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"Removing all humans" is a radical solution to pollution

By Tom Glendinning
Posted Wednesday, October 12, 2011

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Pittsboro, NC - This is a learned response to Mr. Mayo in the Chatham Chatlist edition # 4141. I am a composting expert, having founded the industry in North Carolina ca. 1974. Biosolids are sludges, by another name. What you mean is the waste product of municipal wastewater treatment plants. The recent term was invented sometime in the last few decades. I don't recognize Mr. Jenkins name, but I am sure that he is a fine fellow.

I will not recount my resume, but am quite familiar with water quality issues. I have sat on local, regional and state boards and organizations, as well as testifying before the legislative subcommittee on the subject.

You make a mistake in lumping discharges and the transport systems that handle them. Sewer systems handle wastewater which yields biosolids/sludge after treatment. Storm water runoff is handled in the surface water systems, i.e. drain pipes and culverts above ground. Industrial and single discharger systems are also monitored by state and federal agencies for compliance.

Lumping all the carcinogens, mutagens and other bad actors together under biosolids/sludge is a mistake. They are present in our environment, but not from the same source. Vilifying one treatment system as inadequate because these chemicals are present indicates a rather simple-minded approach to human society, government and infrastructure. Disposal or treatment of these is designed to remediate them in the best way and process them effectively, not to make them disappear.

PCB's are an industrial waste used in certain applications. They were banned in the 1970's. DDT was outlawed, unless you missed that. Chloroform is no longer used in hospitals, but some industrial processes. Carbon tetrachloride was used in fire extinguishers, refrigerants and lava lamps. It was banned from consumer products in 1970.

Now, if you are saying that these chemicals, along with other organochlorines are in our sewage sludge, then we are buying products containing them and flushing them down our toilets. This fault is not one you can place on our wastewater systems. The same with motor oil, pesticides, etc. The implication that our pharmaceuticals are flushed down the toilet (again) says that we are consuming poisonous chemicals prescribed by doctors. We produce these materials for our consumption and they are a part of our environment.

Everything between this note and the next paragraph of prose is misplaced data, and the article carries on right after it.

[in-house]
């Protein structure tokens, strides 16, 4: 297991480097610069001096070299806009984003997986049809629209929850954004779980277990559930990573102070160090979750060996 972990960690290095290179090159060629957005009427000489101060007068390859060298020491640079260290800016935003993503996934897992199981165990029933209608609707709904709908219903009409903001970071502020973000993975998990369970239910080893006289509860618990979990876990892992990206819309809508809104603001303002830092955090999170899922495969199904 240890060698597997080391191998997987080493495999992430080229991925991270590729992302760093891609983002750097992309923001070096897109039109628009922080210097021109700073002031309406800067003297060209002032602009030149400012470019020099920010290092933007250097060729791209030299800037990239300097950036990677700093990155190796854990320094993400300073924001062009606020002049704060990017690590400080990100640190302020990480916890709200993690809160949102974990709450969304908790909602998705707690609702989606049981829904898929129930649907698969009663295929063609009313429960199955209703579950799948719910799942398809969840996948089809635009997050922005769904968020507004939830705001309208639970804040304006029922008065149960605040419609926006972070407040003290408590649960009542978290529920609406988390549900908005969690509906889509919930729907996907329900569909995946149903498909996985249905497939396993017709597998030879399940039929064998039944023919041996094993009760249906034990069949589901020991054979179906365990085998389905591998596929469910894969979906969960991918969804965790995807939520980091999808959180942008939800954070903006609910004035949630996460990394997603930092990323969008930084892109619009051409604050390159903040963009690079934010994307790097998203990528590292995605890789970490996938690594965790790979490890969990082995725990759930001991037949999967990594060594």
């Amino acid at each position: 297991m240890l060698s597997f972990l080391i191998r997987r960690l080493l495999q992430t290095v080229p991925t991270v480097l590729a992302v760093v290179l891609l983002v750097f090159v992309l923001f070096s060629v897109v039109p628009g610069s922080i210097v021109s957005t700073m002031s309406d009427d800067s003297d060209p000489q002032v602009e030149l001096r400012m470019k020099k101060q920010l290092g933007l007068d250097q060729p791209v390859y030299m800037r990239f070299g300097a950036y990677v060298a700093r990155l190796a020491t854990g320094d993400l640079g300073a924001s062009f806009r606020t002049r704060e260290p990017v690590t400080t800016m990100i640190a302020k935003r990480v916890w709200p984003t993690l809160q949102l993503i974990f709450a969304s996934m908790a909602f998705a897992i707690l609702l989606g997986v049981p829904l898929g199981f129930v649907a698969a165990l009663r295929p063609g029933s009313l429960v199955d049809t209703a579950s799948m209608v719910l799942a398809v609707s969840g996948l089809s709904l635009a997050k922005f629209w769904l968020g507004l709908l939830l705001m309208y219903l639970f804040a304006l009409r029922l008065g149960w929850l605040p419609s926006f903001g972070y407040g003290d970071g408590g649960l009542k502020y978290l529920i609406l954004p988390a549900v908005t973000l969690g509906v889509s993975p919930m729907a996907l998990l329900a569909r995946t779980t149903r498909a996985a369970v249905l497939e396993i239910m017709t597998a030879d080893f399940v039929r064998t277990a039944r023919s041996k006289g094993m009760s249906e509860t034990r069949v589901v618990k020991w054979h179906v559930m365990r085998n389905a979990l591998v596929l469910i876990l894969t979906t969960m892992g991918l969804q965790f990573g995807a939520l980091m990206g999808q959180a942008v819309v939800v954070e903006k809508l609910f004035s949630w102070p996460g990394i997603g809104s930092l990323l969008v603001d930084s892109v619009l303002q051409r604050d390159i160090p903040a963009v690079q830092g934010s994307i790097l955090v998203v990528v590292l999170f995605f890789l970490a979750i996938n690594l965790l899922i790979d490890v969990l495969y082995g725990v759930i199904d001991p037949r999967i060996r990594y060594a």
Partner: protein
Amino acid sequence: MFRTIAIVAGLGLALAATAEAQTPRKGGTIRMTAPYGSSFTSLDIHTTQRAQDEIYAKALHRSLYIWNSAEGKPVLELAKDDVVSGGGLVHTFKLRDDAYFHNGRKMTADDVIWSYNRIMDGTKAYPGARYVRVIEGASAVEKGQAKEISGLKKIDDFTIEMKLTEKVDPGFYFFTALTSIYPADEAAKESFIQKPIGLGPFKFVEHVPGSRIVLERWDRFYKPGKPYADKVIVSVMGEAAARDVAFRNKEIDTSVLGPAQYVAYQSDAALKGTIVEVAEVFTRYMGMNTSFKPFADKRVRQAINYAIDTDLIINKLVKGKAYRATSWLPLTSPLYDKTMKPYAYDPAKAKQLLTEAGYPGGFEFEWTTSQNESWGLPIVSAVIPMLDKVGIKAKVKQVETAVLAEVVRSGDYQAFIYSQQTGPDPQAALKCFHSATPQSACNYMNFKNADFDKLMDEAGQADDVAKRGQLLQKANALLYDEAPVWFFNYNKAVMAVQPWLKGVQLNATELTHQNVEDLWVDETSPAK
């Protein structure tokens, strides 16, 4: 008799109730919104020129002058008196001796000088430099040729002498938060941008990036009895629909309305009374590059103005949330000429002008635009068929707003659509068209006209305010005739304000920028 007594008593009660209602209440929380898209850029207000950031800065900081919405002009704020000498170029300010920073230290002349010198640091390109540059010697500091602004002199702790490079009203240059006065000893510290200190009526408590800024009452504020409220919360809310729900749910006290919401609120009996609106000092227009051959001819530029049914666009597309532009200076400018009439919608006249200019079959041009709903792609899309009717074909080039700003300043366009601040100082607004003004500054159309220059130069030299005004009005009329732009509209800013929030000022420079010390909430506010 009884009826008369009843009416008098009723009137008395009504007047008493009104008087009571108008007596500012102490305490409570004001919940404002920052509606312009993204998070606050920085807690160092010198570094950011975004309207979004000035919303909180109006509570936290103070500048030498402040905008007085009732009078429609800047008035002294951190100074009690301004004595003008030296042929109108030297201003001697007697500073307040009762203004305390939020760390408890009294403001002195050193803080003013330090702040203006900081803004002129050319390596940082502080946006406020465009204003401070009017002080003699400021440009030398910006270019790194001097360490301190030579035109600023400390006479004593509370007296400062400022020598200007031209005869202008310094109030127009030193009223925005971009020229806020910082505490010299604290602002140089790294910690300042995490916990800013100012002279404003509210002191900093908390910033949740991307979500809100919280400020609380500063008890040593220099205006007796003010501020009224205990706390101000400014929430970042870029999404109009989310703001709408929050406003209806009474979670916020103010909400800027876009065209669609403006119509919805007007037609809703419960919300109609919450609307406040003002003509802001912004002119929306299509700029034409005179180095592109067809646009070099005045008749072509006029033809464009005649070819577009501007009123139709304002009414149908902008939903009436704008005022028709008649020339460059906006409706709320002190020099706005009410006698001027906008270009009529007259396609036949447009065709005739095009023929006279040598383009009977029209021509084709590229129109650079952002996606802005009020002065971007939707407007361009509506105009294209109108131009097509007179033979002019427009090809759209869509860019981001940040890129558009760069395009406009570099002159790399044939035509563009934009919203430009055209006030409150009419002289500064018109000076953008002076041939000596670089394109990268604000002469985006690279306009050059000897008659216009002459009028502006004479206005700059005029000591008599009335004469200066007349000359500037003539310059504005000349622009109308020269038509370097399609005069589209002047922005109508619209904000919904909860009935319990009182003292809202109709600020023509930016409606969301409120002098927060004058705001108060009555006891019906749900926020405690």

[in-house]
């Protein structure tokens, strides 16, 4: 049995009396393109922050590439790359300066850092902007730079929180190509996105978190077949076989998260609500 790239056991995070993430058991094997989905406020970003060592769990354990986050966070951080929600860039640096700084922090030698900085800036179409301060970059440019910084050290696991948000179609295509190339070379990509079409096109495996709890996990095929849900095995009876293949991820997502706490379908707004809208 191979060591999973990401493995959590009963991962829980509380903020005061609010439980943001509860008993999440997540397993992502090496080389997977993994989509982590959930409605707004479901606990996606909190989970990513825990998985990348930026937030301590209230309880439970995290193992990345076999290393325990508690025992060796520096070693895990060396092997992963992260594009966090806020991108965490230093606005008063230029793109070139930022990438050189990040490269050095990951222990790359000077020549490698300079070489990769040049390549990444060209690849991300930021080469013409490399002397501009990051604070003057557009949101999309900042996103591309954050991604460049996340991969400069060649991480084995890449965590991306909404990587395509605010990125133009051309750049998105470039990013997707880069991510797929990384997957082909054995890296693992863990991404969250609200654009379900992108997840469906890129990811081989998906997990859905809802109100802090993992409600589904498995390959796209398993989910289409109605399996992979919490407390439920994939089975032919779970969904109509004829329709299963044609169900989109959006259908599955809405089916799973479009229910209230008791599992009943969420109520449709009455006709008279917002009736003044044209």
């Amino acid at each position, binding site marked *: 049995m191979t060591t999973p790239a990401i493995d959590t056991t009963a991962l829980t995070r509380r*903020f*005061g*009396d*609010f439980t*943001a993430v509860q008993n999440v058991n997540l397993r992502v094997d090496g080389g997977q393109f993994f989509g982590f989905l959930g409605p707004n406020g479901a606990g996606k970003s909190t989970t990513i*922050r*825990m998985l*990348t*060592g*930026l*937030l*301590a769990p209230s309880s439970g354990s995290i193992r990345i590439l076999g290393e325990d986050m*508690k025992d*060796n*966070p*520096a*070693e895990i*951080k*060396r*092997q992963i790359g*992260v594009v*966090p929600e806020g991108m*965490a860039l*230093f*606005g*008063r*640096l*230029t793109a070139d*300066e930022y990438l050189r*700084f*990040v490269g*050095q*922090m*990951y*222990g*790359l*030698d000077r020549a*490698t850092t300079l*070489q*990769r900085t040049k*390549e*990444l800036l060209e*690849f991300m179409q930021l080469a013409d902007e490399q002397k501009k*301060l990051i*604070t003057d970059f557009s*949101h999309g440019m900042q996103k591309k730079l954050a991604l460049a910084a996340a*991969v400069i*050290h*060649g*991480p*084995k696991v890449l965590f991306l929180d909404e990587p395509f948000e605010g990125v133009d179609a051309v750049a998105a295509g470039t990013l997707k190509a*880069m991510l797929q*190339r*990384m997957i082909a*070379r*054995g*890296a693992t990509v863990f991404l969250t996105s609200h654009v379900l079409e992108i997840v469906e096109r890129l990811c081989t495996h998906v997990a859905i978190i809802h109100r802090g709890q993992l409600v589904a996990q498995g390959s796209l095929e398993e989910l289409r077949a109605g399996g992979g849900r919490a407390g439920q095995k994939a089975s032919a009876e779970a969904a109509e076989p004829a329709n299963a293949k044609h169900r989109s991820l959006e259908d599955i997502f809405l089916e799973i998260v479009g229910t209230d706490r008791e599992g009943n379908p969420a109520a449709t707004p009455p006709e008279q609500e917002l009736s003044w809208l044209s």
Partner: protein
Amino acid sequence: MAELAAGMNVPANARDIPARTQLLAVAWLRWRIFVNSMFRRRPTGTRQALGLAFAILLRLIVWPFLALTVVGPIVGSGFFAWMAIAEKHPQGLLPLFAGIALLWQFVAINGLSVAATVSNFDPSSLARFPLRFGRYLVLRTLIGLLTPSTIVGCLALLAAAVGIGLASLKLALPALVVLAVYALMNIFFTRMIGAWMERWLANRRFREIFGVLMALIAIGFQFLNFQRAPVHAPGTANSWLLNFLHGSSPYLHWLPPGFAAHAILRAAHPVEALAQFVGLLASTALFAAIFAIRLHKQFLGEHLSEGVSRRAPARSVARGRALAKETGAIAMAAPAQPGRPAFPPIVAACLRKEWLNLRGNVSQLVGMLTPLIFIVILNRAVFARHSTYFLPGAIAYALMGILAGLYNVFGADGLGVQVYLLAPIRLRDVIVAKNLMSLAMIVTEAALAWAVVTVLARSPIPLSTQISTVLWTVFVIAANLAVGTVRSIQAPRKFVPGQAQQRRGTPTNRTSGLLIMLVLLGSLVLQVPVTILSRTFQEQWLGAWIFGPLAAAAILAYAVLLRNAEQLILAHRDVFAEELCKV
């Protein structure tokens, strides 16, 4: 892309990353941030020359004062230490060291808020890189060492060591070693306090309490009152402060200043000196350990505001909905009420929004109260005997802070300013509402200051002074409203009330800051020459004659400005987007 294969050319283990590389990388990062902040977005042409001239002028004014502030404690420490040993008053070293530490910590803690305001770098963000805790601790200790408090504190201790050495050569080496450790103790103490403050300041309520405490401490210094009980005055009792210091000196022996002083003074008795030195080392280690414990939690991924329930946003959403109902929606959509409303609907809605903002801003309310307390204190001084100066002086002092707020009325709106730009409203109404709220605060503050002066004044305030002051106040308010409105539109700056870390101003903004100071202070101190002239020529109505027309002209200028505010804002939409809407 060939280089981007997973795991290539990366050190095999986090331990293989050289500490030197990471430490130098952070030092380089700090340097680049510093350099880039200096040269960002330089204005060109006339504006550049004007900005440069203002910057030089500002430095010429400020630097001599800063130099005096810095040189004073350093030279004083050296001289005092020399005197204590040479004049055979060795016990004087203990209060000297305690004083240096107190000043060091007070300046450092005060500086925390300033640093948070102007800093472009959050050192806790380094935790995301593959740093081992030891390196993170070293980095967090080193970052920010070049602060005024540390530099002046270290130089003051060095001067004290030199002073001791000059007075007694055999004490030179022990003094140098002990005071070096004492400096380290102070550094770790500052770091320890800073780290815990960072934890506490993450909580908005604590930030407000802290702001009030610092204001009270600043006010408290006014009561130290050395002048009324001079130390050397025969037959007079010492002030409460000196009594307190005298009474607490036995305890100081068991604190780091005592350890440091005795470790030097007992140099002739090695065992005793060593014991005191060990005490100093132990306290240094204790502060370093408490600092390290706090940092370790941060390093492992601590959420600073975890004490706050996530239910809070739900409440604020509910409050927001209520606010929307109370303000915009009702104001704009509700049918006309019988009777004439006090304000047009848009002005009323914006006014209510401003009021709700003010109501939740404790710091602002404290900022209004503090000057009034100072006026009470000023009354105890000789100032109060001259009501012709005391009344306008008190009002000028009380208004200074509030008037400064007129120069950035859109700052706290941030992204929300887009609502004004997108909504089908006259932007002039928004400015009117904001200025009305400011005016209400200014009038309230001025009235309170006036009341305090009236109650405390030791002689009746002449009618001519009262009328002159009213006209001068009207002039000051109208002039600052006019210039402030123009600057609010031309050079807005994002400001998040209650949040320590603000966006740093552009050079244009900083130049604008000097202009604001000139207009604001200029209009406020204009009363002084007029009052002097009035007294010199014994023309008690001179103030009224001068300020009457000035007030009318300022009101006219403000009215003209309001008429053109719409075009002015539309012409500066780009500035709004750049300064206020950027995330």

Please research EPA publications on sludge, now biosolids, dating back to the 1960's and 1970's. Plant uptake, migration between pasture grass and animals, metals migration, soil mediation, plant mediation, toxic levels in the human food chain, surface runoff studies, are just a few of the studies published on the subject. And take the time to familiarize yourself with the work of Epstein and Albert who did many of those, and well as a USDA agent, Rufus Chaney from the Beltsville, MD research station who did the crop and plant uptake studies.

By the way, my Bing search yielded 875,000 hits for "sludge and EPA." Start there. http://water.epa.gov/scitech/wastetech/biosolids/biosolids_index.cfm is the EPA site on the topic. A Cornell paper has a fine explanation of land application: http://cwmi.css.cornell.edu/Sludge/sludgeques.html. Sludges containing toxics (dioxins) are treated by incineration or other method than cropland application.

Land application was initially proposed for regulation in the 1970's and a comprehensive rule was passed in 1993 as "Part 503 Rule" found in Title 40 of the Code of Federal Regulations." Annual pollutant loading rate (APLR) is determined by the concentration of metals in the batch of sludge, what can be absorbed by the soil type and crop. Vegetable cropland is not permitted to receive sludge. Soil fertility studies also indicate that sludge application is improved, not diminished. All my soil analyses prove that. The allowable levels of metals, nutrients and pollutants is monitored and heavily regulated, for our safety. And the EPA and state agencies responsible do a fine job. Sewer authorities take their public health charge very seriously too. This industry is not a plot to poison us or part of Obama's plan to reduce the senior population. Please.

BTW, if chlorine is not in our environment naturally, where does salt come from? Or KCl? And why is NaCl listed on nutrient analysis in our foods? We must be performing magic in the creation of foodstuffs to put it there. Metals? They are in my vitamins, the same ones listed on the sludge report - selenium, manganese, copper, magnesium, chromium, molybdenum, calcium, zinc and (OMG) chloride. And don't forget phosphorus. It's in my supplement too. These are also found in nutrient analysis of foods and soil analyses. I am not excusing wanton pollution by bad actors. I am saying that these things are part of our lives and managing them wisely to avoid pollution is done to the best ability of our agencies. In the forty years I have observed them, I believe that they do a credible job.

Finally, the demarcation between pollution and a healthy products seems to be whether the substance is food or waste. If I eat it, it's all right. If I flush it, it's toxic. I must be a poison producing machine. But, in reality, I think the preoccupation with sludge/biosolids is phobic and, probably related to potty training issues.

 
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"Removing all humans" is a radical solution to pollution
 
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